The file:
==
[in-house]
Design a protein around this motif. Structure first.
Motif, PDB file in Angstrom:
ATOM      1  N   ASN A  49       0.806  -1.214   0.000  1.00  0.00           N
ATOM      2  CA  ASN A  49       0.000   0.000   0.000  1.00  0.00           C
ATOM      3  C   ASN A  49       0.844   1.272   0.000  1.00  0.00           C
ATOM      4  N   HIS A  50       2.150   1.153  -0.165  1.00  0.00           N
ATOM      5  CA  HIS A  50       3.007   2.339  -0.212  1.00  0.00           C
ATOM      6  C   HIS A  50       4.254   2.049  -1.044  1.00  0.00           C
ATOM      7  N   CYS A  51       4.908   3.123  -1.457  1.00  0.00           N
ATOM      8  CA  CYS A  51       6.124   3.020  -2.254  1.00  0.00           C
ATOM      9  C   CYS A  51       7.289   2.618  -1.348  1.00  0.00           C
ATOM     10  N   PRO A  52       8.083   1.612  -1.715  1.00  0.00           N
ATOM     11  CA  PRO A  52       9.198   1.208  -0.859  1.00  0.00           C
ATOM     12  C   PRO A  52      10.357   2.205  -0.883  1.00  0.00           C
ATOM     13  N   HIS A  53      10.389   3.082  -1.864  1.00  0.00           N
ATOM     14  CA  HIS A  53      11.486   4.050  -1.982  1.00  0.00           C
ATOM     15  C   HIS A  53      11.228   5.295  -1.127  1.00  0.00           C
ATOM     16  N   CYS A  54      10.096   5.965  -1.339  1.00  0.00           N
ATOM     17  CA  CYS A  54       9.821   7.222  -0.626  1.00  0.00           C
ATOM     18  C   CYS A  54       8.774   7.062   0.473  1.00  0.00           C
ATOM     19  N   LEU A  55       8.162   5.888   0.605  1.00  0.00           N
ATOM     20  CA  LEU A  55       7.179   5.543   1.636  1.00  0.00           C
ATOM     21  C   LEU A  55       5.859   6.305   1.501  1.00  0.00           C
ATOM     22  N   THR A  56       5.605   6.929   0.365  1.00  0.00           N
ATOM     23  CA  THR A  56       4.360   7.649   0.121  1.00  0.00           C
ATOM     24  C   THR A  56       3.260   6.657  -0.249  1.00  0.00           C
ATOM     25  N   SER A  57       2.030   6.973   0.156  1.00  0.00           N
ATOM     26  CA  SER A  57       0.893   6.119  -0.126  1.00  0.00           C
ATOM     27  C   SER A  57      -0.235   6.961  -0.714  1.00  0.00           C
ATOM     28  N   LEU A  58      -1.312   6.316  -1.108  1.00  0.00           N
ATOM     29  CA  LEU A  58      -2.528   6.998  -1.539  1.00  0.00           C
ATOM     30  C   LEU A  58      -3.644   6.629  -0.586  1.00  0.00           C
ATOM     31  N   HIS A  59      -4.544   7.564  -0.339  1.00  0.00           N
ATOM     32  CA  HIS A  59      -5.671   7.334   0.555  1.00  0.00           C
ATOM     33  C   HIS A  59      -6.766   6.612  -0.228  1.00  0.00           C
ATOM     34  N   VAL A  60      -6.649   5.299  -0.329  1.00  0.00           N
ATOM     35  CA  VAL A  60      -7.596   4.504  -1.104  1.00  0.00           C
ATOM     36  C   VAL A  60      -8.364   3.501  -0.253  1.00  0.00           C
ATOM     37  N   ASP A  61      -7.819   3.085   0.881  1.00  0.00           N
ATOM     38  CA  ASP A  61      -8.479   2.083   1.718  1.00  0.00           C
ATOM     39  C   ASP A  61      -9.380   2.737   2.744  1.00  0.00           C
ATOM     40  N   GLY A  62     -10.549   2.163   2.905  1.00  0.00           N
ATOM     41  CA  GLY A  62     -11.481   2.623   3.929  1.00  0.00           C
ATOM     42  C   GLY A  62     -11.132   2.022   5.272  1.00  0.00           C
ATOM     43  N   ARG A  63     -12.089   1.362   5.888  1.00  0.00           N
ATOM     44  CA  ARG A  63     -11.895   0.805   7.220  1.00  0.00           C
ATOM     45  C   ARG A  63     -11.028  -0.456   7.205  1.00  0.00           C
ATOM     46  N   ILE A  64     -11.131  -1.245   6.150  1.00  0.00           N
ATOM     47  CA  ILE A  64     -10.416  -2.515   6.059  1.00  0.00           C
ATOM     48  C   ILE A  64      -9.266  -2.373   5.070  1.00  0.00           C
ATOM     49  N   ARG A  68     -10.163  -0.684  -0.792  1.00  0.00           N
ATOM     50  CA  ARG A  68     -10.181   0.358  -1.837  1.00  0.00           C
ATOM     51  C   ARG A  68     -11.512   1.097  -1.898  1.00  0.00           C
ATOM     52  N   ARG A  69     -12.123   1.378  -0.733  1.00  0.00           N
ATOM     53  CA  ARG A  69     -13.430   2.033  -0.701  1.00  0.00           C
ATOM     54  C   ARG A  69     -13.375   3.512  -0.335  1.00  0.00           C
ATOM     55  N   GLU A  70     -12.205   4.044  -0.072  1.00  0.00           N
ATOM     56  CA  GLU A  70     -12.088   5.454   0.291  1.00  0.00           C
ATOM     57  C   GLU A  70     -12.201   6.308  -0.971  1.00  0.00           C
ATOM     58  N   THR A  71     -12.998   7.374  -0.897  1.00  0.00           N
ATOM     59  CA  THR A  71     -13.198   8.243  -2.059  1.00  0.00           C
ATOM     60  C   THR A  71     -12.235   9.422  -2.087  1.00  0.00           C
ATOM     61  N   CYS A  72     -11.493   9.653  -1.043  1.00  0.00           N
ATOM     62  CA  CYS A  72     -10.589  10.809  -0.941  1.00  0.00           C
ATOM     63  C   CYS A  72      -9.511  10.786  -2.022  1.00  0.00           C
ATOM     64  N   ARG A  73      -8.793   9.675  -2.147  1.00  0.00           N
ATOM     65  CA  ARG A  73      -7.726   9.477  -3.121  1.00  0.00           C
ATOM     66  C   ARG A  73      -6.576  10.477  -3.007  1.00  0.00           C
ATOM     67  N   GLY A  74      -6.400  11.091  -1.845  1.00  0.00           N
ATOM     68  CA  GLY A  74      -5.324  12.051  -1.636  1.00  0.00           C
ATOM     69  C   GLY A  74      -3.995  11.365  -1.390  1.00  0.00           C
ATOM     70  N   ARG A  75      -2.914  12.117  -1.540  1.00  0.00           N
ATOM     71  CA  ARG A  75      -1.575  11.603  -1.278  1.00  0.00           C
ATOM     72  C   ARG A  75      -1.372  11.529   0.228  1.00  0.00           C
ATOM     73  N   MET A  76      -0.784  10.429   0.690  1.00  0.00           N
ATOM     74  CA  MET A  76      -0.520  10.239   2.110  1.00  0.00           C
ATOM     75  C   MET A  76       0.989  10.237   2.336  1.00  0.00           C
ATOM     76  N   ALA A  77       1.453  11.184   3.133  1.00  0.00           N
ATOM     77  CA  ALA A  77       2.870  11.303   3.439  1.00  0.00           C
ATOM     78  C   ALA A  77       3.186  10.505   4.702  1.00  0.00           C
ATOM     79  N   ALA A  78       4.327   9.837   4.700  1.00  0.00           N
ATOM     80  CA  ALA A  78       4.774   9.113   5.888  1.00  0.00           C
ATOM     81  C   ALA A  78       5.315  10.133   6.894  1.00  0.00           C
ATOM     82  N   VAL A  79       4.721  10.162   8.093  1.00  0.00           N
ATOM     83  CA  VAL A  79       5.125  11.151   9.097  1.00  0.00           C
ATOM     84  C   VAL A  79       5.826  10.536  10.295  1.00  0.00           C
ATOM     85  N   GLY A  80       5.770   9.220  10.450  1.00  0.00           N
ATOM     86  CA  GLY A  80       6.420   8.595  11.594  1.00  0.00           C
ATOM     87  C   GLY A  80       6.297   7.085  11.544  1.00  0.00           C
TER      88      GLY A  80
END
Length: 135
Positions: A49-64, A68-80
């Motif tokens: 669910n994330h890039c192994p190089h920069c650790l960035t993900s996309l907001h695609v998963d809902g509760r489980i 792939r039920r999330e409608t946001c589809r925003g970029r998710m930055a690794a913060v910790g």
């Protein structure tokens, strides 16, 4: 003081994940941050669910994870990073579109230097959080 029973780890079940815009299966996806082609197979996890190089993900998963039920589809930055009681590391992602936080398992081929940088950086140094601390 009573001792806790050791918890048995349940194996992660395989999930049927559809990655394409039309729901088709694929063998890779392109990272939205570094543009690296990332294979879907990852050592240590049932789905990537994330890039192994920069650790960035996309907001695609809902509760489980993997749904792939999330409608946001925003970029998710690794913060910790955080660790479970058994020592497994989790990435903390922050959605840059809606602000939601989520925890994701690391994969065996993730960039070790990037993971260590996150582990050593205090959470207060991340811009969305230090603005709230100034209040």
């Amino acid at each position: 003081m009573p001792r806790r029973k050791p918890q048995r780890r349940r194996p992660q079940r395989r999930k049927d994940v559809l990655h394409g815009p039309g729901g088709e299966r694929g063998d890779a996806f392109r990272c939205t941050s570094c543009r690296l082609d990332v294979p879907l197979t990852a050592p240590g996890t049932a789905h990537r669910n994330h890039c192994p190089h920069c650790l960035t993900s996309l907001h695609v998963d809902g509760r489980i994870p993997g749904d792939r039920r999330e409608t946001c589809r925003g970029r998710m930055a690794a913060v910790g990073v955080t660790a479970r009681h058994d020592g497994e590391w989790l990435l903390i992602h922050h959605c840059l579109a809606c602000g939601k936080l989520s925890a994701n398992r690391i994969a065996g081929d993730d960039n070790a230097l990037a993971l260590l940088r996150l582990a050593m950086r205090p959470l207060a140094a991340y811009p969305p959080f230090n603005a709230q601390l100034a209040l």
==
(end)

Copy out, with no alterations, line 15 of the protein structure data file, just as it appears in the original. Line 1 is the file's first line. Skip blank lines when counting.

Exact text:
ATOM     12  C   PRO A  52      10.357   2.205  -0.883  1.00  0.00           C